Programming for Musicians and Digital Artists
Creating music with ChucK
Ajay Kapur, Perry Cook, Spencer Salazar, and Ge Wang
Foreword by Casey Reas
  • December 2014
  • ISBN 9781617291708
  • 344 pages
  • printed in black & white

A plethora of well-explained examples to help readers learn in a engaged, hands-on way.

From the Foreword by Casey Reas, UCLA

Programming for Musicians and Digital Artists: Creating Music with ChucK offers a complete introduction to programming in the open source music language ChucK. In it, you'll learn the basics of digital sound creation and manipulation while you discover the ChucK language. As you move example-by-example through this easy-to-follow book, you'll create meaningful and rewarding digital compositions and "instruments" that make sound and music in direct response to program logic, scores, gestures, and other systems connected via MIDI or the network.

Table of Contents show full




about this book

about the authors

Introduction: ChucK programming for artists

0.1. Why do musicians and artists need to program?

0.2. What is ChucK? How is it different?

0.3. Why program in ChucK?

0.4. ChucK-powered and pre-ChucK computer-mediated art

0.5. Summary

Part 1 Introduction to programming in ChucK

1. Basics: sound, waves, and ChucK programming

1.1. Sound waves and waveforms

1.2. Your first ChucK programs

1.2.1. Your first program: "Hello World"

1.2.2. Your first sound program: "Hello Sine!"

1.2.3. Now let’s make music

1.2.4. Trying new waveforms

1.3. Data types and variables

1.4. Time in ChucK: It’s about now

1.4.1. Variables of type dur

1.4.2. The importance of time

1.4.3. Variables of type time

1.4.4. Working with now

1.5. Logic and control structures for your compositions

1.5.1. Programming power through logic statements: the if statement

1.5.2. Logical operators and conditions

1.5.3. The for loop control structure

1.5.4. The while loop control structure

1.6. Using multiple oscillators in your music

1.7. A final example: "Twinkle" with oscillators, variables, logic, and control structures

1.8. Summary

2. Libraries: ChucK’s built-in tools

2.1. The Standard library: tools for pitch, loudness, and more

2.1.1. Deriving musical frequencies from MIDI note numbers

2.1.2. Converting between data types: float to int

2.1.3. Obtaining an int from a number expressed as text

2.2. The ChucK Math library

2.2.1. Math library random functions

2.2.2. Rounding numbers: being more fair about float-to-int conversion

2.3. Stereo and panning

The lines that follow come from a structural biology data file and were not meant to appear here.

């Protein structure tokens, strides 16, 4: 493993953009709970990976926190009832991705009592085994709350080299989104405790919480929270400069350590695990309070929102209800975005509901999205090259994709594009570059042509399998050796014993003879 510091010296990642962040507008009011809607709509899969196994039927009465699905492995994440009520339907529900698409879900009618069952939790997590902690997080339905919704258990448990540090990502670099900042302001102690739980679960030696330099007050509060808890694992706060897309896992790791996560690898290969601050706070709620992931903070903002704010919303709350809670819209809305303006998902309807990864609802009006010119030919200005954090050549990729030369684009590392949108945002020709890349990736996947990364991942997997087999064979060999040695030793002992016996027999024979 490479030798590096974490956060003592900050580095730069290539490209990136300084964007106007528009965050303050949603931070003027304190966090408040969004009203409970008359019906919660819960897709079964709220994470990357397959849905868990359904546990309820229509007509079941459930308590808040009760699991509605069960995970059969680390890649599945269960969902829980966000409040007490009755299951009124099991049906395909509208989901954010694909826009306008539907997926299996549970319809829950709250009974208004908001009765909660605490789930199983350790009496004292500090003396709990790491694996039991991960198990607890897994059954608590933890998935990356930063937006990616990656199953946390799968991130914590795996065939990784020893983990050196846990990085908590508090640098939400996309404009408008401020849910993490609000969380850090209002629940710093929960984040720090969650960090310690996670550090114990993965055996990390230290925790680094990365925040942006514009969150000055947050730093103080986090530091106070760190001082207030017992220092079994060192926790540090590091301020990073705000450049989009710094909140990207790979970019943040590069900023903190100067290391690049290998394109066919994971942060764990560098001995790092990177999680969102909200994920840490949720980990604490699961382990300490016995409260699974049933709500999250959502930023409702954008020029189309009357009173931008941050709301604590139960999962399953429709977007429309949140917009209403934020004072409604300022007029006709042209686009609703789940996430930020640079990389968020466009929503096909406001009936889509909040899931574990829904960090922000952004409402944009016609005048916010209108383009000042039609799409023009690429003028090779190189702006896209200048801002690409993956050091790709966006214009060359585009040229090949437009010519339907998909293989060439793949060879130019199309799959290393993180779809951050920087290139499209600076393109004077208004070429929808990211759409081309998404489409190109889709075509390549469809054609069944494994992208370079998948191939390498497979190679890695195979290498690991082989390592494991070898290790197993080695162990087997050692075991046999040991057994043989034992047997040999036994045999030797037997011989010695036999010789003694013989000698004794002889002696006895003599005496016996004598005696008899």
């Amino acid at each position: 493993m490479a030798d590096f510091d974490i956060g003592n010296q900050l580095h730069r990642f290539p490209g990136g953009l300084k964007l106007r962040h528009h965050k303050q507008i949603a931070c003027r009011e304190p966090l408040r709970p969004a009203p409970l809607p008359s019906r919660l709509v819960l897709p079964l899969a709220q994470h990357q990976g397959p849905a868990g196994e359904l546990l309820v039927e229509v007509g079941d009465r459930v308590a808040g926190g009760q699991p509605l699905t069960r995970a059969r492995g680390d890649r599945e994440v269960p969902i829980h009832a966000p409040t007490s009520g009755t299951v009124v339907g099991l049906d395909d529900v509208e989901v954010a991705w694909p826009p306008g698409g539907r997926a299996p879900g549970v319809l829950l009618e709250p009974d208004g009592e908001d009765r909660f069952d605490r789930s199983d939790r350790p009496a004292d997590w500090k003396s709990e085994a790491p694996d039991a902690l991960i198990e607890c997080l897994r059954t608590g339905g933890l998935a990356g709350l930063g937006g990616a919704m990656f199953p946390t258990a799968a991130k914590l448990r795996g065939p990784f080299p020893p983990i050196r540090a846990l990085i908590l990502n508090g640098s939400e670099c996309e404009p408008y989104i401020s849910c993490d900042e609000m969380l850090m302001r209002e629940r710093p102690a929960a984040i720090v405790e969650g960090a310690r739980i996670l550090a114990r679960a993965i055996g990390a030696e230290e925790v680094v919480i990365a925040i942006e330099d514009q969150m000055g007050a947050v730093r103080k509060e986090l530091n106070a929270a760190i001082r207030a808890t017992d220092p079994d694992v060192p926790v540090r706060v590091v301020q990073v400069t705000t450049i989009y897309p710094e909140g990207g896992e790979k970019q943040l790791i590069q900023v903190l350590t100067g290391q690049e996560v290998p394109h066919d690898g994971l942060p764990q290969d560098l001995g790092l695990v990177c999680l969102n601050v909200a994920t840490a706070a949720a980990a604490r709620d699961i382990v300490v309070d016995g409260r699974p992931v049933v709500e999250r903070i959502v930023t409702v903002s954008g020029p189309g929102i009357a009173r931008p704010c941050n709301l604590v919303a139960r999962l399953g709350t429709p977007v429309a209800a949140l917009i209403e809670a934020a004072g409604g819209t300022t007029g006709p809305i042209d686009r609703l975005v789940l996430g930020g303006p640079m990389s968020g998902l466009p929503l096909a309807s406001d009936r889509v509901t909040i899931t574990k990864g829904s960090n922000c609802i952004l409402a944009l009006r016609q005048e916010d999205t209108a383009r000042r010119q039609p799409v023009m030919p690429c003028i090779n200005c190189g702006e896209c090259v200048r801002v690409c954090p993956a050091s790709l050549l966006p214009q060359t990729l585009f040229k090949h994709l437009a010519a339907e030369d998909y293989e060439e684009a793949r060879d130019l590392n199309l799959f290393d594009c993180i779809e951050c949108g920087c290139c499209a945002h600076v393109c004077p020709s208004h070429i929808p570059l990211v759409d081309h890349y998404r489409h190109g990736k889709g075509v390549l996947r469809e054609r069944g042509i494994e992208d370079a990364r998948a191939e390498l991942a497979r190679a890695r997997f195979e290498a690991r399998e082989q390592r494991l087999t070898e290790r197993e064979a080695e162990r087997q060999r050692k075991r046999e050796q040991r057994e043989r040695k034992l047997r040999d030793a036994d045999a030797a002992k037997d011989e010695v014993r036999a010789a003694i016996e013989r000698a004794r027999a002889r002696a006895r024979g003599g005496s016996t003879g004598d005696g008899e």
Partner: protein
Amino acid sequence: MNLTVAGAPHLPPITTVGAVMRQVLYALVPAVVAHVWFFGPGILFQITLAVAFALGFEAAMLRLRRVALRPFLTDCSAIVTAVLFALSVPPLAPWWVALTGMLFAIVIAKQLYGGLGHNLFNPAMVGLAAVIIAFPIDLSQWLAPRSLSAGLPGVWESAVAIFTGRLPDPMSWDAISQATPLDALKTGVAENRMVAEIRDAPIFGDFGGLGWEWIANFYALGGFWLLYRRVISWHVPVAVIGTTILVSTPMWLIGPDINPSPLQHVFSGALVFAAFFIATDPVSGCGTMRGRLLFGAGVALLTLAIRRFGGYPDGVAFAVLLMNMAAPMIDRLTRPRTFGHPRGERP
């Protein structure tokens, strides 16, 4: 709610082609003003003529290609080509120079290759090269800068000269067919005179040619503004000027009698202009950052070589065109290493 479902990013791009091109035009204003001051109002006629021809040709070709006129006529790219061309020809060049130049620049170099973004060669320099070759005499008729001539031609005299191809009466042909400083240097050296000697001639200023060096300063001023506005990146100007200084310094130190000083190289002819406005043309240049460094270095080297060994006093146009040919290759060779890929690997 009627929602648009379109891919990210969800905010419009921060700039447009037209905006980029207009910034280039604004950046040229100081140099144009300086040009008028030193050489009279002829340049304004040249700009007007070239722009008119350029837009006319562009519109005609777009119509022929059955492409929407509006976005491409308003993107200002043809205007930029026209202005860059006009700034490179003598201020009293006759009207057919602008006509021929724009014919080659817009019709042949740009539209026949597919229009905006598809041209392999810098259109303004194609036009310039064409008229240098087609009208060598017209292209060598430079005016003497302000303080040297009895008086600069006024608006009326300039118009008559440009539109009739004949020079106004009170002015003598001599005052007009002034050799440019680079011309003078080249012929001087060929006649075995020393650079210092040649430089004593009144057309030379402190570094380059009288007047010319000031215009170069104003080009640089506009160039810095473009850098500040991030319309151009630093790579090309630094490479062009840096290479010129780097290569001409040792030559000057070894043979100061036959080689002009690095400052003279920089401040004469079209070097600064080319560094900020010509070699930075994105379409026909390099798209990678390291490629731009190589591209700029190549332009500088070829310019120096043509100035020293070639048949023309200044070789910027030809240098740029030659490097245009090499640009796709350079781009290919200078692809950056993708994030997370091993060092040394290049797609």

2.4. Example: random music with two voices and panning

2.5. Summary

3. Arrays: arranging and accessing your compositional data

3.1. Declaring and storing data in arrays

3.2. Reading and modifying array data

3.3. Using array data to play a melody

3.4. Storing other types of data in arrays

3.4.1. Using an array to store durations

3.4.2. Arrays of strings: text can be musical too

3.5. Example: a song with melody, harmony, and lyrics!

3.6. Summary

4. Sound files and sound manipulation

4.1. Sampling: turning sound into numbers

4.2. SndBuf: loading and playing sound files in ChucK

4.2.1. Organizing your sound files

4.2.2. Looping (automatically repeating) your samples

4.2.3. Playing your samples backward

4.2.4. Managing multiple samples at a time

4.3. Stereo sound files and playback

4.4. Example: making a drum machine

4.4.1. Adding logic for different drums on different beats

4.4.2. Controlling when drums play using logic arrays

4.5. A new math/music tool: the modulo operator

4.6. Tying it all together: your coolest drum machine yet

4.7. Summary

5. Functions: making your own tools

5.1. Creating and using functions in your programs

5.1.1. Declaring functions

5.1.2. Your first musical function

5.1.3. Local vs. global variables

5.2. Some functions to compute gain and frequency

5.2.1. Making real music with functions

5.2.2. Using a function to gradually change sonic parameters

5.2.3. Granularize: an audio blender function for SndBuf

5.3. Functions to make compositional forms

5.3.1. Playing a scale with functions and global variables

5.3.2. Changing scale pitches by using a function on an array

5.3.3. Building a drum machine with functions and arrays

5.4. Recursion (functions that call themselves)

5.4.1. Computing factorial by recursion

5.4.2. Sonifying the recursive factorial function

5.4.3. Using recursion to make rhythmic structures

5.5. Example: making chords using functions

5.6. Summary

Part 2 Now it gets really interesting!

6. Unit generators: ChucK objects for sound synthesis and processing

6.1. ChucK’s special UGens: adc, dac, and blackhole

6.2. The pulse width oscillator: an electronic music classic

6.3. Envelope (smooth slow function) unit generators

6.3.1. Making a clarinet sound using SqrOsc and Envelope

6.3.2. Making a violin sound with SawOsc and the ADSR Envelope UG

6.4. Frequency modulation synthesis

6.5. Plucked string synthesis by physical modeling

6.5.1. The simplest plucked string

6.5.2. Exciting the plucked string with noise

6.5.3. Modeling frequency-dependent decay with a filter

6.5.4. Modeling fractional (tuning) delay and adding an ADSR for plucking

6.6. Intro to filter UGens: frequency-dependent gain

6.7. More on delays: room acoustics and reverberation

6.8. Delay-based audio effects

6.9. Example: fun with Filter and Delay UGens

6.10. Summary

7. Synthesis ToolKit instruments

7.1. STK wind instruments

7.1.1. The STK brass instrument physical model UGen

7.1.2. The STK Flute physical model UGen

7.2. Better stringed instruments

7.2.1. The STK Sitar physical model UGen